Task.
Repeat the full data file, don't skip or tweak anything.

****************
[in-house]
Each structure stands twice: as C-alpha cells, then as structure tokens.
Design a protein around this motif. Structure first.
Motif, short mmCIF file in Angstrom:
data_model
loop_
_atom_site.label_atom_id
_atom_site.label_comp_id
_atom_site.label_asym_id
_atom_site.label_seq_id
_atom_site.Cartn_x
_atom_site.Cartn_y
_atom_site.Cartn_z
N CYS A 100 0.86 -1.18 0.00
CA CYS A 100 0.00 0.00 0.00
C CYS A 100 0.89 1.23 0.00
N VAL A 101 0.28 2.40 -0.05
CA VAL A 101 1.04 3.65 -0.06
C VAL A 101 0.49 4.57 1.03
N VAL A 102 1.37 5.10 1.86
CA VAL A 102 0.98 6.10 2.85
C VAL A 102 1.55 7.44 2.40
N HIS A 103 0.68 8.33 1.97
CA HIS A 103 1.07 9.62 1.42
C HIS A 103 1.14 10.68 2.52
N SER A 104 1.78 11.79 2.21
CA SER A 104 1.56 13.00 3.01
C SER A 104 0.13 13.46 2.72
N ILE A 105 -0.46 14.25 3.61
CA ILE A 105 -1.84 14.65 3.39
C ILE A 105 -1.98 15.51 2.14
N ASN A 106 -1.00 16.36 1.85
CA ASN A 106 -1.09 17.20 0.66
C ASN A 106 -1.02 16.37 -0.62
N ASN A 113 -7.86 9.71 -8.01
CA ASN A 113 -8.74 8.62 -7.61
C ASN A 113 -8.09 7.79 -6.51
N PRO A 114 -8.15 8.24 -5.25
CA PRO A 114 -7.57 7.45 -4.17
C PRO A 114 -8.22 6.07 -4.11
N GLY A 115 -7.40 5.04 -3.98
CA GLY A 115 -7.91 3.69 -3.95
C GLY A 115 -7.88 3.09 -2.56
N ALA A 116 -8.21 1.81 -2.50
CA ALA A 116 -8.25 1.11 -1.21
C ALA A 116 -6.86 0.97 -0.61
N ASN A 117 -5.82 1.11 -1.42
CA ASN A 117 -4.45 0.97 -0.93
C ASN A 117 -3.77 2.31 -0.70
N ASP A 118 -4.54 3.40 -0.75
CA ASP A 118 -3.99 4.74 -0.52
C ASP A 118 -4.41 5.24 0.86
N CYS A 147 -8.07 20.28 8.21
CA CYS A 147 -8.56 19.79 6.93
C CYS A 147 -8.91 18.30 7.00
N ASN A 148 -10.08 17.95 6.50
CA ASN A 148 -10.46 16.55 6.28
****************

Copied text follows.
[in-house]
Each structure stands twice: as C-alpha cells, then as structure tokens.
Design a protein around this motif. Structure first.
Motif, short mmCIF file in Angstrom:
data_model
loop_
_atom_site.label_atom_id
_atom_site.label_comp_id
_atom_site.label_asym_id
_atom_site.label_seq_id
_atom_site.Cartn_x
_atom_site.Cartn_y
_atom_site.Cartn_z
N CYS A 100 0.86 -1.18 0.00
CA CYS A 100 0.00 0.00 0.00
C CYS A 100 0.89 1.23 0.00
N VAL A 101 0.28 2.40 -0.05
CA VAL A 101 1.04 3.65 -0.06
C VAL A 101 0.49 4.57 1.03
N VAL A 102 1.37 5.10 1.86
CA VAL A 102 0.98 6.10 2.85
C VAL A 102 1.55 7.44 2.40
N HIS A 103 0.68 8.33 1.97
CA HIS A 103 1.07 9.62 1.42
C HIS A 103 1.14 10.68 2.52
N SER A 104 1.78 11.79 2.21
CA SER A 104 1.56 13.00 3.01
C SER A 104 0.13 13.46 2.72
N ILE A 105 -0.46 14.25 3.61
CA ILE A 105 -1.84 14.65 3.39
C ILE A 105 -1.98 15.51 2.14
N ASN A 106 -1.00 16.36 1.85
CA ASN A 106 -1.09 17.20 0.66
C ASN A 106 -1.02 16.37 -0.62
N ASN A 113 -7.86 9.71 -8.01
CA ASN A 113 -8.74 8.62 -7.61
C ASN A 113 -8.09 7.79 -6.51
N PRO A 114 -8.15 8.24 -5.25
CA PRO A 114 -7.57 7.45 -4.17
C PRO A 114 -8.22 6.07 -4.11
N GLY A 115 -7.40 5.04 -3.98
CA GLY A 115 -7.91 3.69 -3.95
C GLY A 115 -7.88 3.09 -2.56
N ALA A 116 -8.21 1.81 -2.50
CA ALA A 116 -8.25 1.11 -1.21
C ALA A 116 -6.86 0.97 -0.61
N ASN A 117 -5.82 1.11 -1.42
CA ASN A 117 -4.45 0.97 -0.93
C ASN A 117 -3.77 2.31 -0.70
N ASP A 118 -4.54 3.40 -0.75
CA ASP A 118 -3.99 4.74 -0.52
C ASP A 118 -4.41 5.24 0.86
N CYS A 147 -8.07 20.28 8.21
CA CYS A 147 -8.56 19.79 6.93
C CYS A 147 -8.91 18.30 7.00
N ASN A 148 -10.08 17.95 6.50
CA ASN A 148 -10.46 16.55 6.28